The Need for AI and Machine Learning in Supply Chain

Written by:
Brandon Rollins


March 18, 2024


March 18, 2024

Supply chain and logistical processes have always struggled due to unpredictability and human error. That's why AI and Machine Learning can help.
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Supply chain and logistical processes have always struggled due to the element of unpredictability and human error. In the last couple of years, the COVID-19 pandemic further exposed the fragile and volatile nature of many supply chains across industries. In a short time, the world’s reliance on e-commerce spiked and changed the way businesses operate.  Staying ahead of the market and accounting for complex product portfolios is a must for companies who want to remain competitive in an increasingly digital world.

One silver lining to come out of this period is how the challenges posed by the pandemic and social distancing measures ignited interest in automation, leading to significant investment into developing Artificial Intelligence (AI) and Machine Learning (ML) technology. This includes technology and programs that not only help with on-ground processes —such as robots and automated guided vehicles— but also enable more intelligent supply chain management by using existing data. 

Incorporating AI tools into the supply chain has already proven to be a beneficial boost for many businesses. It comes with great ROI; a recent McKinsey survey estimated that AI tools could improve costs by 15% and service levels by an impressive 65%. Machine Learning enables better use of data to improve every aspect of a business, lending greater flexibility, and resilience. Lastly, AI technology can help increase security and visibility in packed and busy warehouses, significantly reducing errors and safety issues.

Here are some examples of how AI and ML tools are already being used to transform and augment supply chains:

  1. Better Demand Forecasting: As the market becomes increasingly volatile, it is more important than ever to find ways to make sense of the overwhelming amount of consumer data. ML tools can effectively use this data to predict demand and ever-changing consumer habits. This is excellent news not just for customer satisfaction but for logistics. Learnings from this data help warehouses manage inventory more smartly and better prepare, especially during peak season.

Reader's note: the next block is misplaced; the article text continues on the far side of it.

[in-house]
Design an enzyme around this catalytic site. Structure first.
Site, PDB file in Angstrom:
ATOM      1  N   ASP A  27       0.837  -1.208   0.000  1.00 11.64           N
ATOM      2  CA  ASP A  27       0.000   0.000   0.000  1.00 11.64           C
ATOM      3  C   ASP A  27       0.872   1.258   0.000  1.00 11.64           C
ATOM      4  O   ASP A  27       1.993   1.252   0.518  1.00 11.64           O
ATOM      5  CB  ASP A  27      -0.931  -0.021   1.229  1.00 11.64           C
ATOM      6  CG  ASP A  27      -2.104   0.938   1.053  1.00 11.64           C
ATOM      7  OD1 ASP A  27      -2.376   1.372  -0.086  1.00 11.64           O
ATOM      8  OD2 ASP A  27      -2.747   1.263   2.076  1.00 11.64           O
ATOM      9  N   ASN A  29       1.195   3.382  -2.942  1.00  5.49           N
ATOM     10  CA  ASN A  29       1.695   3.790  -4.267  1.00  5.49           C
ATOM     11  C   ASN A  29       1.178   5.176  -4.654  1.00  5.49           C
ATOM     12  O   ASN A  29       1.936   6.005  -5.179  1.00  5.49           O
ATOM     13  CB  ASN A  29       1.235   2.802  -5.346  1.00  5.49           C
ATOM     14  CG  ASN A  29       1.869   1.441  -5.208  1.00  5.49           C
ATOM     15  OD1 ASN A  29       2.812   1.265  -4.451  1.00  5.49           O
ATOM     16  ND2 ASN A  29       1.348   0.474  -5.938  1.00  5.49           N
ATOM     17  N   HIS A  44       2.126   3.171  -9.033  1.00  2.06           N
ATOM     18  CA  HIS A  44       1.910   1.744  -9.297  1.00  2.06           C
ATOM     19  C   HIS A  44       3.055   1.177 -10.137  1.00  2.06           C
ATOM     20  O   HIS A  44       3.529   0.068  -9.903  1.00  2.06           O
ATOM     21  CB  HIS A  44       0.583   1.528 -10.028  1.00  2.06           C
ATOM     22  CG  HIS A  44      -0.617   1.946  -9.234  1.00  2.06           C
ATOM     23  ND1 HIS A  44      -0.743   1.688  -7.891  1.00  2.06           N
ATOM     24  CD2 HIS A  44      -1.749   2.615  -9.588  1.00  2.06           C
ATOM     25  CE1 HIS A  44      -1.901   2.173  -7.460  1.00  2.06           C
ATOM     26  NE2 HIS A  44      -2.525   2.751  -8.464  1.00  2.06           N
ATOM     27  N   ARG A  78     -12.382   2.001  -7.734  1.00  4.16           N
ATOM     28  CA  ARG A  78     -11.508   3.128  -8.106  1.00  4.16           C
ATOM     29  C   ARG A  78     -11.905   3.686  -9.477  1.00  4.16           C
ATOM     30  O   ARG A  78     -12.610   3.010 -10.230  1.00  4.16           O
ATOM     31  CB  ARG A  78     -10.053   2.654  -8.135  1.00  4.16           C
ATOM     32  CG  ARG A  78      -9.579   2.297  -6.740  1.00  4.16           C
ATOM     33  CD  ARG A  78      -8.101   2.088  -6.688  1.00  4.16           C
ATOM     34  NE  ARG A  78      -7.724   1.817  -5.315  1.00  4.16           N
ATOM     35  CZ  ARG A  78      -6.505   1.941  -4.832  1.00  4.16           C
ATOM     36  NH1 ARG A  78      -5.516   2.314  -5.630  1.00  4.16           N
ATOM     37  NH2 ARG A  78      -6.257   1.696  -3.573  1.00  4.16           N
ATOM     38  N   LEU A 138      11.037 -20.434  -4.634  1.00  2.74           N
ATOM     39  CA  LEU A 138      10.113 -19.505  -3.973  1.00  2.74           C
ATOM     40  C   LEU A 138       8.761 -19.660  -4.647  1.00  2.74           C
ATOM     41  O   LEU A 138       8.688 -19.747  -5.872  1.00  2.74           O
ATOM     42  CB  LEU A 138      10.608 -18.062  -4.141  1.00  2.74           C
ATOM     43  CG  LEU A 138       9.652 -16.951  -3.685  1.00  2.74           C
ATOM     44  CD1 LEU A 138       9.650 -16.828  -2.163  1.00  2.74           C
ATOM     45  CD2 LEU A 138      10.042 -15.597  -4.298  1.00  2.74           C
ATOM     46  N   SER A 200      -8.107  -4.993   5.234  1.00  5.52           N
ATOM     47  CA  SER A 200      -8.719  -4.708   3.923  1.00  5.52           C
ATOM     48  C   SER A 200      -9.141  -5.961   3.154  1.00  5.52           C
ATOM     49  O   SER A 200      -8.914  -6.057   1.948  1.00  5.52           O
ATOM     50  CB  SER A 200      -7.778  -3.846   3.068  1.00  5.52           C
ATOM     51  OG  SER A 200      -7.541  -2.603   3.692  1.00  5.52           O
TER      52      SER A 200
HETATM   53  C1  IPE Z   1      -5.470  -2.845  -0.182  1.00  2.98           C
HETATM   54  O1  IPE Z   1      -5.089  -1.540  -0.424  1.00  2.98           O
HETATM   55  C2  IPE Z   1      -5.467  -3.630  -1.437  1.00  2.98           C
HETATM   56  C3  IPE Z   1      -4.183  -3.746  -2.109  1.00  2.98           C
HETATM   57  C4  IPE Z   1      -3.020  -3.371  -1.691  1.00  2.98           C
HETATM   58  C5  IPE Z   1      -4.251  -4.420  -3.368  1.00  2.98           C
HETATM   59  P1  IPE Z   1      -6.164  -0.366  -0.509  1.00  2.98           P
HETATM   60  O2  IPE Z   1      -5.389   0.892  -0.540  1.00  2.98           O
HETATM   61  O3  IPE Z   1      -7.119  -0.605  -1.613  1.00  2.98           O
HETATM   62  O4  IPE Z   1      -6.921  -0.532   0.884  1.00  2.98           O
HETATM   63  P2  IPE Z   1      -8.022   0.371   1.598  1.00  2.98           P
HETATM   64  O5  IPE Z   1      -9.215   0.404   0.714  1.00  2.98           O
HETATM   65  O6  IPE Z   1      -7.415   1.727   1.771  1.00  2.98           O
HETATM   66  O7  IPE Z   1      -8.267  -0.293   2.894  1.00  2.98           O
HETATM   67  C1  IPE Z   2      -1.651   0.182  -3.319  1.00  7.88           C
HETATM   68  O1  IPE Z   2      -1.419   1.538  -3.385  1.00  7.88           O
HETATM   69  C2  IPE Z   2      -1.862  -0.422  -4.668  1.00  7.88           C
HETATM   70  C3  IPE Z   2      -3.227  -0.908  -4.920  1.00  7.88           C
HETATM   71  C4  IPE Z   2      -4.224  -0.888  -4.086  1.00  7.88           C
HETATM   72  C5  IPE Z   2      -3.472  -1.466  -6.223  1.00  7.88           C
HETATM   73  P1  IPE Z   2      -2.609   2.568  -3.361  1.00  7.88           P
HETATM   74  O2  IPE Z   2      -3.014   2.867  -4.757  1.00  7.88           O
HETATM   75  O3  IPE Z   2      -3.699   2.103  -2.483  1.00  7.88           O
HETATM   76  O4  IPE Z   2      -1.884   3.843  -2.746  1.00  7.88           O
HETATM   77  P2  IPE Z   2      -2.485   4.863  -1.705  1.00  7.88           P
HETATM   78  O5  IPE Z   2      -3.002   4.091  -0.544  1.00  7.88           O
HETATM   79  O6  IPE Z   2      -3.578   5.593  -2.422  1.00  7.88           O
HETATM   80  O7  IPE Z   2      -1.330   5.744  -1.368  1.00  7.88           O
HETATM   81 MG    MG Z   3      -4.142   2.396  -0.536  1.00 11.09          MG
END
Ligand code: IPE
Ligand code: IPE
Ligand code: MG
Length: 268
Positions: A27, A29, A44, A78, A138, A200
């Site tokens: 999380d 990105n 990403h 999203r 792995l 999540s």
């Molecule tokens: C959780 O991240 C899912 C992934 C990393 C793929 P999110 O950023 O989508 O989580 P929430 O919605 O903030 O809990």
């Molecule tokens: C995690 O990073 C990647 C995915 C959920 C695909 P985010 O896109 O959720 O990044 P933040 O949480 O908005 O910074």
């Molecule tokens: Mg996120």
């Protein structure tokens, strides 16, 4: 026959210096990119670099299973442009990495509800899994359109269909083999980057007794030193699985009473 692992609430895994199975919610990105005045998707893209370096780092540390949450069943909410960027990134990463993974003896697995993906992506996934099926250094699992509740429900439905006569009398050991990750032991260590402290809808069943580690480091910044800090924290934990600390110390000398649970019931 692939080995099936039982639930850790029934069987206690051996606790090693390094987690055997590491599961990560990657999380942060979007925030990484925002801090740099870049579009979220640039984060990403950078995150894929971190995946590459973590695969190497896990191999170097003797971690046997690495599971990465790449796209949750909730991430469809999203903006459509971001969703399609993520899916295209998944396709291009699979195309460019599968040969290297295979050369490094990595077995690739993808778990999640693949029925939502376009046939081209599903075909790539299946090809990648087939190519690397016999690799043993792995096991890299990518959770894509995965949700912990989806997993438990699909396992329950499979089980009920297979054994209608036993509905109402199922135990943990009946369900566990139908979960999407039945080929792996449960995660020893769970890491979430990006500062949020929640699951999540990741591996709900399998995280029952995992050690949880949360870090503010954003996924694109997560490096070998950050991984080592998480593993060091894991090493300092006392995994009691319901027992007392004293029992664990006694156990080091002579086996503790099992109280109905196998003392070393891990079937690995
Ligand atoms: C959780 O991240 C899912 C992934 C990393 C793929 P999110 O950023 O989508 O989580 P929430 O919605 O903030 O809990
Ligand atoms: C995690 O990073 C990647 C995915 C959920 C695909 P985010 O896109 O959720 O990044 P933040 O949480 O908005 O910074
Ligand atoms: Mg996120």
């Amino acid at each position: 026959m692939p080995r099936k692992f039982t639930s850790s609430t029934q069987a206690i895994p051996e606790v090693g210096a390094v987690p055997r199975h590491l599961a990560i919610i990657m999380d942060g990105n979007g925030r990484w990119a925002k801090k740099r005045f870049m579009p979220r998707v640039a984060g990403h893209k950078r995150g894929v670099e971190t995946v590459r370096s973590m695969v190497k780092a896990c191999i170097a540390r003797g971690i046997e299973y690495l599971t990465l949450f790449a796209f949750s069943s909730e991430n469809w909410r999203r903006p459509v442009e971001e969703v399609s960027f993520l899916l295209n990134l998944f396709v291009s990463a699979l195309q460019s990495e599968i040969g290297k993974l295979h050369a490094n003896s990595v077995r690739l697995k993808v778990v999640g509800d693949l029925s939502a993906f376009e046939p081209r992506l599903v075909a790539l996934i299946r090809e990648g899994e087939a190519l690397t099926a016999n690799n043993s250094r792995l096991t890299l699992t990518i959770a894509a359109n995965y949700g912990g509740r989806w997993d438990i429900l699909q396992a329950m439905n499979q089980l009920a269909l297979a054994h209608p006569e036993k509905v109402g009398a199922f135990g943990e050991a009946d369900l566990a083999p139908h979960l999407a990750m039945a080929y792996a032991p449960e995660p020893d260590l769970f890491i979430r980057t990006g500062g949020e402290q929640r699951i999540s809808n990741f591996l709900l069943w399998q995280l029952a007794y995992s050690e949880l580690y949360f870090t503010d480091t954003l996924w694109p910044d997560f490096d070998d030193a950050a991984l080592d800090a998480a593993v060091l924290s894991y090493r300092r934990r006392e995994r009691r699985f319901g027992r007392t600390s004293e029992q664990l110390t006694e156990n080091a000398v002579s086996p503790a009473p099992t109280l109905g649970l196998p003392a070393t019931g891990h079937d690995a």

2. Intelligent Automated Vehicles: Though relatively new, the use of intelligent vehicles has been tested in the past decade in parts of Europe and the US and is looking promising. Transportation is physically demanding and tiring, and drivers often get into accidents due to fatigue. As consumers rely more on e-commerce and expect faster delivery rates, automated vehicles may become more common in the coming years. 
  3. Increased Visibility and Error Prevention: Many new startups have innovated the use of AI for various solutions. Rabot.Inc for example uses AI to catch and eliminate errors in the packing and shipping processes. Warehouses are fast-paced environments, and even the best workers can miss things when tired. Rabot’s solution is placing AI cameras at every step of the warehouse process so that it can spot errors as they happen. This data is used to identify which types of errors are occurring the most and where, providing insights and highlighting areas of improvement for businesses. 
  4. Drone Delivery: Already being used by some companies like Amazon, drone technology is an excellent solution to issues with traditional transportation. Many Americans live in semi-rural areas where there are not always clear, fast, or safe routes for on-ground transportation. Not only does it provide better coverage to customers in these areas, but is also an excellent tool for delivering perishable goods like food, or products needed on an emergency basis like medicine. 
  5. Predictive Maintenance: Downtime comes with a high cost, and some businesses may be lax on their routine inspections. Even if they aren’t, it’s easy to miss things that suddenly become visible at the worst possible time, such as peak seasons. AI-based predictive maintenance can greatly minimize maintenance fees and lost business from downtime, not only by sending reminders but also helping you prioritize based on urgency. 

While these are just a few examples, there are many more applications of AI and ML tools at almost every imaginable step of the supply chain. The possibilities increase as we innovate and progress in this area. AI & ML takes much of the guesswork out of logistics management, allowing us to make more informed decisions in every aspect of the business. Allowing AI to do the heavy lifting and tedious calculations allows workers to focus on more creative and fulfilling roles which require more soft skills and a human touch. 

Rabot Inc. (Rabot), is a technology company dedicated to building the world's best platform for warehouse operational intelligence to augment workforces in high speed and high volume environments.

Rabot’s Vision AI system enables your warehouse operations teams to provide visibility into the packing process, and generate actionable analytics designed to drive performance, efficiency and scale. If you’re looking to learn more, get in touch with the Rabot team today.

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